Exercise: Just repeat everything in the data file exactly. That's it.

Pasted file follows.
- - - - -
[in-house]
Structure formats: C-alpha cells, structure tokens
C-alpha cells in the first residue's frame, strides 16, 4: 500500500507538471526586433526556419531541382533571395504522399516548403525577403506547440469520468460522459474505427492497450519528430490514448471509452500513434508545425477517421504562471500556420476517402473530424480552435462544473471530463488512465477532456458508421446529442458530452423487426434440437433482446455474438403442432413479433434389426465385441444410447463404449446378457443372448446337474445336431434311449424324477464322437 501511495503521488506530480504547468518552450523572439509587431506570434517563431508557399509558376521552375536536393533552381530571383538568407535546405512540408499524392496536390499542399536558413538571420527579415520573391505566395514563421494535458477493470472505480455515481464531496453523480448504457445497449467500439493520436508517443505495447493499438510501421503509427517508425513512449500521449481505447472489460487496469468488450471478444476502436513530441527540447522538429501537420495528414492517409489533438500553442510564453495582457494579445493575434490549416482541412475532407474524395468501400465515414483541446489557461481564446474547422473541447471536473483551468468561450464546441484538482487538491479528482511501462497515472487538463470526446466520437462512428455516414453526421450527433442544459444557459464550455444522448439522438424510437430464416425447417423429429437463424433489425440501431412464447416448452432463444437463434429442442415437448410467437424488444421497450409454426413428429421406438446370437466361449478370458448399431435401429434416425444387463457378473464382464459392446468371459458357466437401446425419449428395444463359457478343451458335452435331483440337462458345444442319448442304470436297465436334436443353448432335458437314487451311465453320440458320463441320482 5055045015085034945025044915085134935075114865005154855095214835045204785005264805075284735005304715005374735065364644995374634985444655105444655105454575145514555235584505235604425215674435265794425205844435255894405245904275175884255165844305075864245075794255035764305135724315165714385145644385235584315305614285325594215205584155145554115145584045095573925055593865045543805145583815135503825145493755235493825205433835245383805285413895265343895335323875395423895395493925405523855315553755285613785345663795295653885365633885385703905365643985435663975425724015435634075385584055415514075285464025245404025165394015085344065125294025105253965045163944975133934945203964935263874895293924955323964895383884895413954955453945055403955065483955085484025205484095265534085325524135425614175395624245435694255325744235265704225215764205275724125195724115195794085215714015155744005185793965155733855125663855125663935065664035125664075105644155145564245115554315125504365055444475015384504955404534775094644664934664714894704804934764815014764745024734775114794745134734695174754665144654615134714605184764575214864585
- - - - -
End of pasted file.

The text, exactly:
[in-house]
Structure formats: C-alpha cells, structure tokens
C-alpha cells in the first residue's frame, strides 16, 4: 500500500507538471526586433526556419531541382533571395504522399516548403525577403506547440469520468460522459474505427492497450519528430490514448471509452500513434508545425477517421504562471500556420476517402473530424480552435462544473471530463488512465477532456458508421446529442458530452423487426434440437433482446455474438403442432413479433434389426465385441444410447463404449446378457443372448446337474445336431434311449424324477464322437 501511495503521488506530480504547468518552450523572439509587431506570434517563431508557399509558376521552375536536393533552381530571383538568407535546405512540408499524392496536390499542399536558413538571420527579415520573391505566395514563421494535458477493470472505480455515481464531496453523480448504457445497449467500439493520436508517443505495447493499438510501421503509427517508425513512449500521449481505447472489460487496469468488450471478444476502436513530441527540447522538429501537420495528414492517409489533438500553442510564453495582457494579445493575434490549416482541412475532407474524395468501400465515414483541446489557461481564446474547422473541447471536473483551468468561450464546441484538482487538491479528482511501462497515472487538463470526446466520437462512428455516414453526421450527433442544459444557459464550455444522448439522438424510437430464416425447417423429429437463424433489425440501431412464447416448452432463444437463434429442442415437448410467437424488444421497450409454426413428429421406438446370437466361449478370458448399431435401429434416425444387463457378473464382464459392446468371459458357466437401446425419449428395444463359457478343451458335452435331483440337462458345444442319448442304470436297465436334436443353448432335458437314487451311465453320440458320463441320482 5055045015085034945025044915085134935075114865005154855095214835045204785005264805075284735005304715005374735065364644995374634985444655105444655105454575145514555235584505235604425215674435265794425205844435255894405245904275175884255165844305075864245075794255035764305135724315165714385145644385235584315305614285325594215205584155145554115145584045095573925055593865045543805145583815135503825145493755235493825205433835245383805285413895265343895335323875395423895395493925405523855315553755285613785345663795295653885365633885385703905365643985435663975425724015435634075385584055415514075285464025245404025165394015085344065125294025105253965045163944975133934945203964935263874895293924955323964895383884895413954955453945055403955065483955085484025205484095265534085325524135425614175395624245435694255325744235265704225215764205275724125195724115195794085215714015155744005185793965155733855125663855125663935065664035125664075105644155145564245115554315125504365055444475015384504955404534775094644664934664714894704804934764815014764745024734775114794745134734695174754665144654615134714605184764575214864585